Benefits of Bamboo
Uses of Bamboo
Bamboo is buzzing! No only is bamboo fast growing but its use around the world is growing rapidly too.
Today bamboo is used for much more than just panda feed! It has many benefits compared to other common materials.
Some uses of bamboo are in:
- Kitchen utensils
- Food - bamboo shoots are eaten by people as well as pandas!
This article will look at the first two of these uses in more depth, to explore the benefits of bamboo compared to other materials, and to consider any drawbacks it has.
Is Bamboo Environmentally Friendly?
Environmental Advantages of Bamboo
Bamboo has many environmental advantages . The main ones are:
- Fast growing
Many people are surprised to learn that bamboo is not a tree but a grass. This is partly what makes it such a fast-growing crop - it can grow anything from 12 inches (30 centimeters) to around a meter in one day! This means it is easily replenished.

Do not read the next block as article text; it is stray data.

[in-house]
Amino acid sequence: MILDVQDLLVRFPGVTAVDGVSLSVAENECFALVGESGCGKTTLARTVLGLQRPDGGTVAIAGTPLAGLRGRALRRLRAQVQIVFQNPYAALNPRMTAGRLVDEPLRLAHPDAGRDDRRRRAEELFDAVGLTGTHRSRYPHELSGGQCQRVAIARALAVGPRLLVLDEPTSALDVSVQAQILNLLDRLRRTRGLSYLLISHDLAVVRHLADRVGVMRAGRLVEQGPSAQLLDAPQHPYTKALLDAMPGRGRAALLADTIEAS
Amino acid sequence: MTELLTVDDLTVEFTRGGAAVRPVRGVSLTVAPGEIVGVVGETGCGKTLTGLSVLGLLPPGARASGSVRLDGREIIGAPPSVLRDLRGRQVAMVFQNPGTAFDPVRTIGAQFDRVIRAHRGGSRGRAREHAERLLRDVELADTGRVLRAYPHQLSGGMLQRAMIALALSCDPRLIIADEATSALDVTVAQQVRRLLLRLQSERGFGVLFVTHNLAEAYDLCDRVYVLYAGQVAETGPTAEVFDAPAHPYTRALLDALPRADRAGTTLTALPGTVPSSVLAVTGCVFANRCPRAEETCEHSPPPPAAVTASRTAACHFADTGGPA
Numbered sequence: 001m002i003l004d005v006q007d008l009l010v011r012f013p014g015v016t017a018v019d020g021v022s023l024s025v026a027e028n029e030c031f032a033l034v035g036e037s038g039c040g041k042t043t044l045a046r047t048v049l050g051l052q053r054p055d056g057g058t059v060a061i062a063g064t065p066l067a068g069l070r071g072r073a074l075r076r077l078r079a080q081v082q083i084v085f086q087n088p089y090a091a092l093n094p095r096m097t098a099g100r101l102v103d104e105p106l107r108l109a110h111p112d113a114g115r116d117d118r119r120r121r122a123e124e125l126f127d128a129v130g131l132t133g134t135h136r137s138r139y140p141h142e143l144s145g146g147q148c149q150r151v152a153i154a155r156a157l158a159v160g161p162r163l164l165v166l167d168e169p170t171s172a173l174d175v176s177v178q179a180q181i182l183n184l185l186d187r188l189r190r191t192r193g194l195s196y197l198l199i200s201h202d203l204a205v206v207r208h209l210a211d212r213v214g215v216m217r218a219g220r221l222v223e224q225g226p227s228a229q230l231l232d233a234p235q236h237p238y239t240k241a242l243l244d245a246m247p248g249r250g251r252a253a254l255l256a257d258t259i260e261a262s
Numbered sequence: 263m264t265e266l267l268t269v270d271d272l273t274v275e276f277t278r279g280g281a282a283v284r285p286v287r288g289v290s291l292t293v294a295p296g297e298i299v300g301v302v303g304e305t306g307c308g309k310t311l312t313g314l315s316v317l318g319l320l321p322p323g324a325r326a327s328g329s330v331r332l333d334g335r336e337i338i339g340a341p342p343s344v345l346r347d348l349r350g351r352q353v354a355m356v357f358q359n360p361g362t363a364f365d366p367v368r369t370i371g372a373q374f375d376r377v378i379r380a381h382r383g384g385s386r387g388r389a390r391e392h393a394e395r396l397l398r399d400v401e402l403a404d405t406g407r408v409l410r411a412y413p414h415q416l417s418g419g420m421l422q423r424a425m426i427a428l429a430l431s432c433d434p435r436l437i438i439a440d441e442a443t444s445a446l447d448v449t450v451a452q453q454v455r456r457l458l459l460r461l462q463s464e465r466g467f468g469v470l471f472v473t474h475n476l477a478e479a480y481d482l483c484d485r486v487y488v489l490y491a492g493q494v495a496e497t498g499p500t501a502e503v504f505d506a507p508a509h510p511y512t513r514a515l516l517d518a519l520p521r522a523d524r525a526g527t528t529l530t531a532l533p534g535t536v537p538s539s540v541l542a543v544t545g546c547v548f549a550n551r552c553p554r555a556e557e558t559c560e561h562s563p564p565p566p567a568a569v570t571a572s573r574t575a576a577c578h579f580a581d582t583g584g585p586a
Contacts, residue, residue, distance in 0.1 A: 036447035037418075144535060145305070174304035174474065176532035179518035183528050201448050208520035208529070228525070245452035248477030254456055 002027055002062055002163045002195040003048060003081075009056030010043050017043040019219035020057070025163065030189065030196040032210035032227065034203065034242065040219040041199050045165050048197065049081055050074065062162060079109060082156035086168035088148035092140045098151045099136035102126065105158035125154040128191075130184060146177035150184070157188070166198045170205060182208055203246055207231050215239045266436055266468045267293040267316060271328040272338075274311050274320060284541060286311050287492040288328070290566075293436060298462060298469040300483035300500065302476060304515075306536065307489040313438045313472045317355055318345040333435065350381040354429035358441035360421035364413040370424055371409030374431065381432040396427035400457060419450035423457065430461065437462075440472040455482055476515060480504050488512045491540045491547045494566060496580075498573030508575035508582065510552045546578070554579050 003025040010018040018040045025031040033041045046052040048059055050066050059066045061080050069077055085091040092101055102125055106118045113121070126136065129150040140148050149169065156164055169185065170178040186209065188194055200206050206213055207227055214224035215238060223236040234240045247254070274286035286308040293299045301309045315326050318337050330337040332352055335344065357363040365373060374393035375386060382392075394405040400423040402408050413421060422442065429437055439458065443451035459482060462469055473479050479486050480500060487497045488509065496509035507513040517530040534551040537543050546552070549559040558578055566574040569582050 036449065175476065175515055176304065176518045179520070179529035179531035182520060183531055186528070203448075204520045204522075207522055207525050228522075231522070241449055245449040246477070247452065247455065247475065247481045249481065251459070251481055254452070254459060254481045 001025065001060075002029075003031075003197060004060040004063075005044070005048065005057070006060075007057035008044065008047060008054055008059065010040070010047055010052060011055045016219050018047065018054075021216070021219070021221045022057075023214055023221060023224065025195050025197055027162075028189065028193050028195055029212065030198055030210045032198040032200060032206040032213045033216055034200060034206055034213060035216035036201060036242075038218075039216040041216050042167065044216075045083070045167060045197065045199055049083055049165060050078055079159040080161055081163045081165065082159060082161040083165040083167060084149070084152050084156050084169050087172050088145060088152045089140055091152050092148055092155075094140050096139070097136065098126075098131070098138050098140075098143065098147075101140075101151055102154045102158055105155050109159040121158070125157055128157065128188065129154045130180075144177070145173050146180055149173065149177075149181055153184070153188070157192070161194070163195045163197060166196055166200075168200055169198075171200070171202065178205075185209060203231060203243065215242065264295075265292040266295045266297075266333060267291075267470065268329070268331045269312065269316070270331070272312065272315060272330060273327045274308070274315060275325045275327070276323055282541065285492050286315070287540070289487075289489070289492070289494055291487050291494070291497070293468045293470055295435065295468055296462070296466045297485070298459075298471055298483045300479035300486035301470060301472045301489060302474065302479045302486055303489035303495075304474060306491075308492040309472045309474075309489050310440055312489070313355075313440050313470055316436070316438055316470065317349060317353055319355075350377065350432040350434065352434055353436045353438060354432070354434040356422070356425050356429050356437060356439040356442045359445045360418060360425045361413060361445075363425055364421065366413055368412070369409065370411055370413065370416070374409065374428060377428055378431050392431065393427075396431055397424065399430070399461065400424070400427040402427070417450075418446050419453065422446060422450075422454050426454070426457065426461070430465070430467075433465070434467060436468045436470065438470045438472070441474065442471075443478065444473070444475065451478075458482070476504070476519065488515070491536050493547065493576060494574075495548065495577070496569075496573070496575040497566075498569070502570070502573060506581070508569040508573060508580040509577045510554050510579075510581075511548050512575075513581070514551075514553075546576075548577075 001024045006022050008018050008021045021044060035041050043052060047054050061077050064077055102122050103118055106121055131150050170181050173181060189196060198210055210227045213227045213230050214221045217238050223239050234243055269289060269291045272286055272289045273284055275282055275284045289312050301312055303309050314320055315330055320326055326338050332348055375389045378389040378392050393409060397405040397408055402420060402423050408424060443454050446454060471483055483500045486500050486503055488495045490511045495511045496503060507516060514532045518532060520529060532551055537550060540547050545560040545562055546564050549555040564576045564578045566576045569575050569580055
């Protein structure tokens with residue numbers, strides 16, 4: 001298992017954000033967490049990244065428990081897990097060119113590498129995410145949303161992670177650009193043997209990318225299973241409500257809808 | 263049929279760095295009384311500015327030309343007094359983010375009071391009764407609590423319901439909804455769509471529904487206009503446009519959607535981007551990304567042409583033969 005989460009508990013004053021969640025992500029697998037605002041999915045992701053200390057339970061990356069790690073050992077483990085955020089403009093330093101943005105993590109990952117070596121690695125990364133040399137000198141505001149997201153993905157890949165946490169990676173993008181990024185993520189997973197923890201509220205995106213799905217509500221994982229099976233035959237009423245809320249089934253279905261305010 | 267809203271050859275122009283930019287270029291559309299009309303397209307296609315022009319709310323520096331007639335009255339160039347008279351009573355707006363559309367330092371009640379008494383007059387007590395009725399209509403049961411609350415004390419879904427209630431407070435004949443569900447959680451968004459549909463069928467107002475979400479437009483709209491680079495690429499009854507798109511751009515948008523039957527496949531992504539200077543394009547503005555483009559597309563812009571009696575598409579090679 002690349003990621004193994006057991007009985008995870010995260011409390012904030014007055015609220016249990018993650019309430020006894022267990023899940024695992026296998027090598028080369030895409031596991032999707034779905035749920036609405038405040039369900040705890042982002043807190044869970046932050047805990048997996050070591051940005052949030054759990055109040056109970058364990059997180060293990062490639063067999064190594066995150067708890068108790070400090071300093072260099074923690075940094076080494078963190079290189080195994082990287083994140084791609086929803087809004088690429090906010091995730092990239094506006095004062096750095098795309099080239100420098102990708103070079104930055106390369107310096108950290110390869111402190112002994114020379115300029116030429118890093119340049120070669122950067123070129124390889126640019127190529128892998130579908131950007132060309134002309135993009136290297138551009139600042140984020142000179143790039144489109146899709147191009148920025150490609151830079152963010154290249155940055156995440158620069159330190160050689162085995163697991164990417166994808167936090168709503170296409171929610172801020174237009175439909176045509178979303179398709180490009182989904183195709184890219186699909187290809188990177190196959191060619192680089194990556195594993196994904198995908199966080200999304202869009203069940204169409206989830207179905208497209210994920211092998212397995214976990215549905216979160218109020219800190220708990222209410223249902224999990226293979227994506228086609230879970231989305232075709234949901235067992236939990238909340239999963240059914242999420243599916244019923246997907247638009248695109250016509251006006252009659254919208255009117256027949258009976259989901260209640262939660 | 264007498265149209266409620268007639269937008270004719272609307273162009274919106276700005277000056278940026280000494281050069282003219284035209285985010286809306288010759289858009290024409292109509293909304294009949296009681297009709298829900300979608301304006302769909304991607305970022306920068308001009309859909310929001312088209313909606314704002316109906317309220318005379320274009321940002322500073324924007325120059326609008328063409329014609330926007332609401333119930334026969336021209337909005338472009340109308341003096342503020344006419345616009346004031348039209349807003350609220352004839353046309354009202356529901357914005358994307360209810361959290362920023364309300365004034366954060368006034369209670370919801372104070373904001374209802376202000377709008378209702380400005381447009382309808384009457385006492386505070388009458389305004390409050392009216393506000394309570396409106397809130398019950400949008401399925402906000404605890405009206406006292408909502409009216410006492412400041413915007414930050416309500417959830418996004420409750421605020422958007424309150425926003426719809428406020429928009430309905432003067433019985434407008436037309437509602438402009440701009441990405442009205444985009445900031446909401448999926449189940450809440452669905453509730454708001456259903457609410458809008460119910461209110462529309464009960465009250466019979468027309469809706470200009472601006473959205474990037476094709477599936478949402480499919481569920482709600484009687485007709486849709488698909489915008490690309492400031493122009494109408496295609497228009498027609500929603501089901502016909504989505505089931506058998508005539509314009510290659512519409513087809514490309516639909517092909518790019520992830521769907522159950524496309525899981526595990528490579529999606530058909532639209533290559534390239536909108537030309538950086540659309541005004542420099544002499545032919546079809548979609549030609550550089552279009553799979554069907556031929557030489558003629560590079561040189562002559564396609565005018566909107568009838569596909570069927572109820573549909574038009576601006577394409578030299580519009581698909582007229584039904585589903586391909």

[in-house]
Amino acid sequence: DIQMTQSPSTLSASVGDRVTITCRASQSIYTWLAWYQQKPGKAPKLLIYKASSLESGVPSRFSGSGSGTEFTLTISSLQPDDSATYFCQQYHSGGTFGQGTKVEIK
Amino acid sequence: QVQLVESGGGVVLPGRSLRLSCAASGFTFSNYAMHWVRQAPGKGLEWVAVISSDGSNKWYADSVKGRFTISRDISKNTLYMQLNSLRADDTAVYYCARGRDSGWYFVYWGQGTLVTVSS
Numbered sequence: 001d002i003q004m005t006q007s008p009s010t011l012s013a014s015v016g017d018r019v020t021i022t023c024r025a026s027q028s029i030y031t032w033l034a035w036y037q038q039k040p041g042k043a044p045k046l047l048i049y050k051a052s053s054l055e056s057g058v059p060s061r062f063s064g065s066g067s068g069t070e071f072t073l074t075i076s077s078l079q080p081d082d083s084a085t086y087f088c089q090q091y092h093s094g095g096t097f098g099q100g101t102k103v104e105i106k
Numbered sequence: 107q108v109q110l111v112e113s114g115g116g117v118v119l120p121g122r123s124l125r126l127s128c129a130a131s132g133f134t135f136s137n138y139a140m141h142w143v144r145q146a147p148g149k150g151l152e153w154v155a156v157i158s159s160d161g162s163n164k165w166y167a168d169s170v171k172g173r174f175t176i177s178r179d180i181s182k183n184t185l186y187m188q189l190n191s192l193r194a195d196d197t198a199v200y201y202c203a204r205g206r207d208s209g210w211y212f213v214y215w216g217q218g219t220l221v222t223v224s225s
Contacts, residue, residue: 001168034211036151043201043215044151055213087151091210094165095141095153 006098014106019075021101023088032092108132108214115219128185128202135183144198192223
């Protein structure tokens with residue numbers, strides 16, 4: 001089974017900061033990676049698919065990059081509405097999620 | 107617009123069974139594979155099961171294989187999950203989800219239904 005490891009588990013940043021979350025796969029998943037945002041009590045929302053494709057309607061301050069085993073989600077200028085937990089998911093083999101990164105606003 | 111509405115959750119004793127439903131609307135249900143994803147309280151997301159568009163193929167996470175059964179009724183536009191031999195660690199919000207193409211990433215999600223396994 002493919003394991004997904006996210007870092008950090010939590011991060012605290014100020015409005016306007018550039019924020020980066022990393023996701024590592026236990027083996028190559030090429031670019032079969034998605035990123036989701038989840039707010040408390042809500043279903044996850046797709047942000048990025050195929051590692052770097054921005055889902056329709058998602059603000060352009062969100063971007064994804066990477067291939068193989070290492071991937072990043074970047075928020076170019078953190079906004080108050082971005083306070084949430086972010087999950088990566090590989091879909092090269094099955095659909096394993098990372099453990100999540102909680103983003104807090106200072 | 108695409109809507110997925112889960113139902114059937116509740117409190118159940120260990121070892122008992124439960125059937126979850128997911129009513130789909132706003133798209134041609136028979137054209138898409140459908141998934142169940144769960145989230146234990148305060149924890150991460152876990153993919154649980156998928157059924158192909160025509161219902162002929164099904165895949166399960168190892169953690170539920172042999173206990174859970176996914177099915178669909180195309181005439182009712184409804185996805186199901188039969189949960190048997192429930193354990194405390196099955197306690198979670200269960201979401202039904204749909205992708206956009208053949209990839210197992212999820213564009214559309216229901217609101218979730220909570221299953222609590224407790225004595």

- Low impact and high yield
Other benefits are that bamboo can grow in poor quality soil that could probably not be used for other crops, and that it absorbs carbon dioxide and emits oxygen. In comparison to crops such as cotton or hardwood, the same area will give a yield of ten to twenty times as much. Bamboo uses considerably water to grow than cotton does.
- No pesticides or fertilizers
Because bamboo is naturally fast growing and resilient it can be grown without pesticides or fertilizers.
Bamboo can be used in many different ways.
Does Bamboo have any environmental disadvantages?
Sadly, at the moment, the answer to this is sometimes yes.